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We're not talking about taking a venerable tool that's been sitting around for years and rewriting it though. We're talking about an actively-maintained and extremely highly-used library. I'm sure it's still bogged down by tech debt, but I'm also sure that any easy performance wins have already been taken.



A lot of time is spend on the assembler versions doing the crypto, which is why they get used by various other projects like ring, boringssl, and the Linux kernel.

Less or no time is spend on improving the performance of the SSL library. From the article, it seems that the SSL library might have easy fixes.


From the article it sounds like there are some simplistic reasons why OpenSSL may be slower, such as making an extra copy of the plaintext, but that doesn't necessarily mean that fixing it is easy.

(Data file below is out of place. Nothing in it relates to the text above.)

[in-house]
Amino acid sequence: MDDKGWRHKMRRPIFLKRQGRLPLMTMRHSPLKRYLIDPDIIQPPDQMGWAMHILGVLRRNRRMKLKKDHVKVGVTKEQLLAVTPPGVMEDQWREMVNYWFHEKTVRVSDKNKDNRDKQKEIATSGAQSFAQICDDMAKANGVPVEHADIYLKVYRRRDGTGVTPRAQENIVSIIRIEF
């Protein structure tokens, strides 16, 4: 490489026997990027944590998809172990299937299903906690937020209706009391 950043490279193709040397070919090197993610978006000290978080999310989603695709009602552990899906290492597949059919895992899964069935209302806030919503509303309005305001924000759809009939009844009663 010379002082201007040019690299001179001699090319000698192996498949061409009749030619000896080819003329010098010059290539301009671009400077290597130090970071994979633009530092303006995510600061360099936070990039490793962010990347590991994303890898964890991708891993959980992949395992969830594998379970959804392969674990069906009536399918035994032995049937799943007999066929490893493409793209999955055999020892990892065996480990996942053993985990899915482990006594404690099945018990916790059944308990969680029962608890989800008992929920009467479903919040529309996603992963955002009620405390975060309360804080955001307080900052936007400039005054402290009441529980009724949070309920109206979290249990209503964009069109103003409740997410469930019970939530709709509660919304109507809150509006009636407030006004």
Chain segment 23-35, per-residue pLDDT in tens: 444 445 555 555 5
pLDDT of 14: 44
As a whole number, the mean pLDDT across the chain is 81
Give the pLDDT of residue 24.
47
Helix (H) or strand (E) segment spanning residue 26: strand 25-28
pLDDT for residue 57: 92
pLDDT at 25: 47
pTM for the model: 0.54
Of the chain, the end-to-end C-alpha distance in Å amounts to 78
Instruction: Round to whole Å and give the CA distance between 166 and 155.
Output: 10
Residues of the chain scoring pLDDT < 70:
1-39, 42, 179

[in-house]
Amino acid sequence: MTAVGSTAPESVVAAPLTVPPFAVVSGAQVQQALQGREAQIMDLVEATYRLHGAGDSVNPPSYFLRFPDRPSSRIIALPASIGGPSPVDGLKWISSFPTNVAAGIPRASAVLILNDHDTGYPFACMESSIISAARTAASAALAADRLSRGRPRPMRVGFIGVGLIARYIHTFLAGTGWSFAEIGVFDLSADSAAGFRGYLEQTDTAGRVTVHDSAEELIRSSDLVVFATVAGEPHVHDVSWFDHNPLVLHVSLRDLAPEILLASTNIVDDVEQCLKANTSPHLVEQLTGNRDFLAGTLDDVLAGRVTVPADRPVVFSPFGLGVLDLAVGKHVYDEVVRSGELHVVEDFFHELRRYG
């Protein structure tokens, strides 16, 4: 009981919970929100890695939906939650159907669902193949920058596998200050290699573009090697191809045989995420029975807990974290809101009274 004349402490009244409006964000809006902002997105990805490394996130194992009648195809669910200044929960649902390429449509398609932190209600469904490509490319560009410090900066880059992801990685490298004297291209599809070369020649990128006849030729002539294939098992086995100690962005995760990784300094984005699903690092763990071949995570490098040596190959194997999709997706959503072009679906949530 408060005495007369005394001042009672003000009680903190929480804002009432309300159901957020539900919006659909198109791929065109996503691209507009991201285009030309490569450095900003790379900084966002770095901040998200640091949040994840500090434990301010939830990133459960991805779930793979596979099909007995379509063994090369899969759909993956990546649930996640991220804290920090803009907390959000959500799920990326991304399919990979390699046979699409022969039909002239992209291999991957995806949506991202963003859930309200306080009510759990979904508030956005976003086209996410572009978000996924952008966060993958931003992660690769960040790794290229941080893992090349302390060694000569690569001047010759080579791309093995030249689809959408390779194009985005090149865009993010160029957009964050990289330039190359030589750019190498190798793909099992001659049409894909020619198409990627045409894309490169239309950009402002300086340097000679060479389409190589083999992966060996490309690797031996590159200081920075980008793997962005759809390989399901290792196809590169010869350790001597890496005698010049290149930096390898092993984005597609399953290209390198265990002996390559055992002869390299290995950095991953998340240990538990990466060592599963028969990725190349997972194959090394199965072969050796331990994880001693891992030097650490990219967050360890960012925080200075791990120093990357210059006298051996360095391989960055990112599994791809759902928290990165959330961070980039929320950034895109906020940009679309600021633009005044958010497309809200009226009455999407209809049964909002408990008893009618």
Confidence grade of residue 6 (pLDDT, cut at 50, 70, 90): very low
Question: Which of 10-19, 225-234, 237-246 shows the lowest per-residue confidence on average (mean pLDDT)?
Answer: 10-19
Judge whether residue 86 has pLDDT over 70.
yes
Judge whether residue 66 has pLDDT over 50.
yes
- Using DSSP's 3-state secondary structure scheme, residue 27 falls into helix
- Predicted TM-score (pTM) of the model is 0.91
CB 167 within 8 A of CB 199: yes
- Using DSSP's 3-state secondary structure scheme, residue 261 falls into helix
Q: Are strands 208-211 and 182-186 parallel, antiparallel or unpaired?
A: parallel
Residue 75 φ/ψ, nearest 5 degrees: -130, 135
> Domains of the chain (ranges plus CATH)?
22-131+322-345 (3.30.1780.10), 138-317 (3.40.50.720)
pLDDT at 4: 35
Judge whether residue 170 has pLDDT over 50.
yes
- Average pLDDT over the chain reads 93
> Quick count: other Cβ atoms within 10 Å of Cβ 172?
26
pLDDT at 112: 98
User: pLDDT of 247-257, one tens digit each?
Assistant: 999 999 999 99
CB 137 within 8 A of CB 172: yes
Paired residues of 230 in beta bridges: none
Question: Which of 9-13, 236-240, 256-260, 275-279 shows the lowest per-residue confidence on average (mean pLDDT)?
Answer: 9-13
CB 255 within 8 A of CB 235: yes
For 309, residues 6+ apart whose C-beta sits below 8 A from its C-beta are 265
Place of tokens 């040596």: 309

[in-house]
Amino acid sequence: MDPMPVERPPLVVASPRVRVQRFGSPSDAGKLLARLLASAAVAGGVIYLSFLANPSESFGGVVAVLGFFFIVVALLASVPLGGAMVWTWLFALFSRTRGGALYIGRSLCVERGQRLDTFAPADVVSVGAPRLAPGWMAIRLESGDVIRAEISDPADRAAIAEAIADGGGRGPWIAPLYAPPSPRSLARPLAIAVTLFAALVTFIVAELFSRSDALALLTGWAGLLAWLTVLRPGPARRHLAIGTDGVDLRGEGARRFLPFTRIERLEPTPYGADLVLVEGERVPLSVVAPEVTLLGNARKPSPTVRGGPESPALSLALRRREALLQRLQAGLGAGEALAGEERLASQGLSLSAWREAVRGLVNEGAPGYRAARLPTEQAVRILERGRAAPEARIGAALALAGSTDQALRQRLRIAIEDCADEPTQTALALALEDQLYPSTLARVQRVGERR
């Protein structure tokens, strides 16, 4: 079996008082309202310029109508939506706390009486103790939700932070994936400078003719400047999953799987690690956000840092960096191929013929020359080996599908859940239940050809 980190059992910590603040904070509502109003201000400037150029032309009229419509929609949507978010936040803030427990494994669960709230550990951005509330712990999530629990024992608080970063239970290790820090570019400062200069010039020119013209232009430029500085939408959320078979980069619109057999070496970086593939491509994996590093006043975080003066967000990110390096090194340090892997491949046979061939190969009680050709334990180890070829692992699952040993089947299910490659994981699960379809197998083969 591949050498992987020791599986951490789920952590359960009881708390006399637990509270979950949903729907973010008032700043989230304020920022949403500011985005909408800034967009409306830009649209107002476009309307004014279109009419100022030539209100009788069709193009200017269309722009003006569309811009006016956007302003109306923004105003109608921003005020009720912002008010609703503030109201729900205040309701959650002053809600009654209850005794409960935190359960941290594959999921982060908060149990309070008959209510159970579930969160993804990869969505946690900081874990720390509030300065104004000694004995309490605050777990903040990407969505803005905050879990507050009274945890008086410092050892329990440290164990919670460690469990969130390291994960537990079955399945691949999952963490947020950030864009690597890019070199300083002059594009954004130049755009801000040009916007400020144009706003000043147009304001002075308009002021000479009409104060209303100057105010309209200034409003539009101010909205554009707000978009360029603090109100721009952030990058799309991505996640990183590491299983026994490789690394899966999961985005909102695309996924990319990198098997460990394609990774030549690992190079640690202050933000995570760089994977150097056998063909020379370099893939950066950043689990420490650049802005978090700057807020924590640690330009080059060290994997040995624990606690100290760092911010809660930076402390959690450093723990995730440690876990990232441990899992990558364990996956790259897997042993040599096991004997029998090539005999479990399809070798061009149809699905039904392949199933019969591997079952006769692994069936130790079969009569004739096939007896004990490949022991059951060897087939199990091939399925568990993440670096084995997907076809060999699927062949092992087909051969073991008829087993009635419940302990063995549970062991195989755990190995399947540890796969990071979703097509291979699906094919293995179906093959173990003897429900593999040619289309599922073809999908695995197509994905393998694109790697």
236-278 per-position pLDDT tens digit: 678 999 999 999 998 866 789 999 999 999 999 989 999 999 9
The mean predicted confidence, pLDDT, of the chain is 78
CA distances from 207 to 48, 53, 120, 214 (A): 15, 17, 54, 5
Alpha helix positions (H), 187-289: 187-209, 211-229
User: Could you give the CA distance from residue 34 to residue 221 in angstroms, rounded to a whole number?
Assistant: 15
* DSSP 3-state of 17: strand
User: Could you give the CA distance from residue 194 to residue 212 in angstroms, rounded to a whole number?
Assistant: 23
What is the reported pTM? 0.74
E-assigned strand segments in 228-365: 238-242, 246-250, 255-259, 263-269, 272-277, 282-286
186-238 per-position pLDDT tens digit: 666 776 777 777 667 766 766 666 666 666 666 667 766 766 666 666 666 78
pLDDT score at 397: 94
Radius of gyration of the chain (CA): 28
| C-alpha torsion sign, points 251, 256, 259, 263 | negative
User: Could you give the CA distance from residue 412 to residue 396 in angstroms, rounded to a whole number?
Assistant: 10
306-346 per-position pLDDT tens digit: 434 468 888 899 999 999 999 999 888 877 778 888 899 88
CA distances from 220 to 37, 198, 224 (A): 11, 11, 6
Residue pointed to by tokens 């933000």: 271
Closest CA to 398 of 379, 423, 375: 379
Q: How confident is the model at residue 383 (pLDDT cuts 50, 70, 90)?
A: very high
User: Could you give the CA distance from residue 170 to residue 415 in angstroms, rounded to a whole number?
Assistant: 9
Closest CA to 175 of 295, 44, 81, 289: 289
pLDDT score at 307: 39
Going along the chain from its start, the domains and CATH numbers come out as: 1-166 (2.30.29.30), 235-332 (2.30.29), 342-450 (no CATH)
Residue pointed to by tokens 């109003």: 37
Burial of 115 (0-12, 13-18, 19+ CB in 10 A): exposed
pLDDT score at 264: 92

Highly used yes. But there are only two full time developers on this and funding was flakey. There was giant discussion about this during Heartbleed vulnerability.


That's true, but performance improvements don't require fulltime developers. Many companies are directly impacted by OpenSSL performance (maybe moreso in the past when a big question about HTTPS adoption was the performance overhead of adding SSL to all requests, whereas today it's generally considered not a problem) which means companies have an incentive to submit patches to fix identifiable performance issues.




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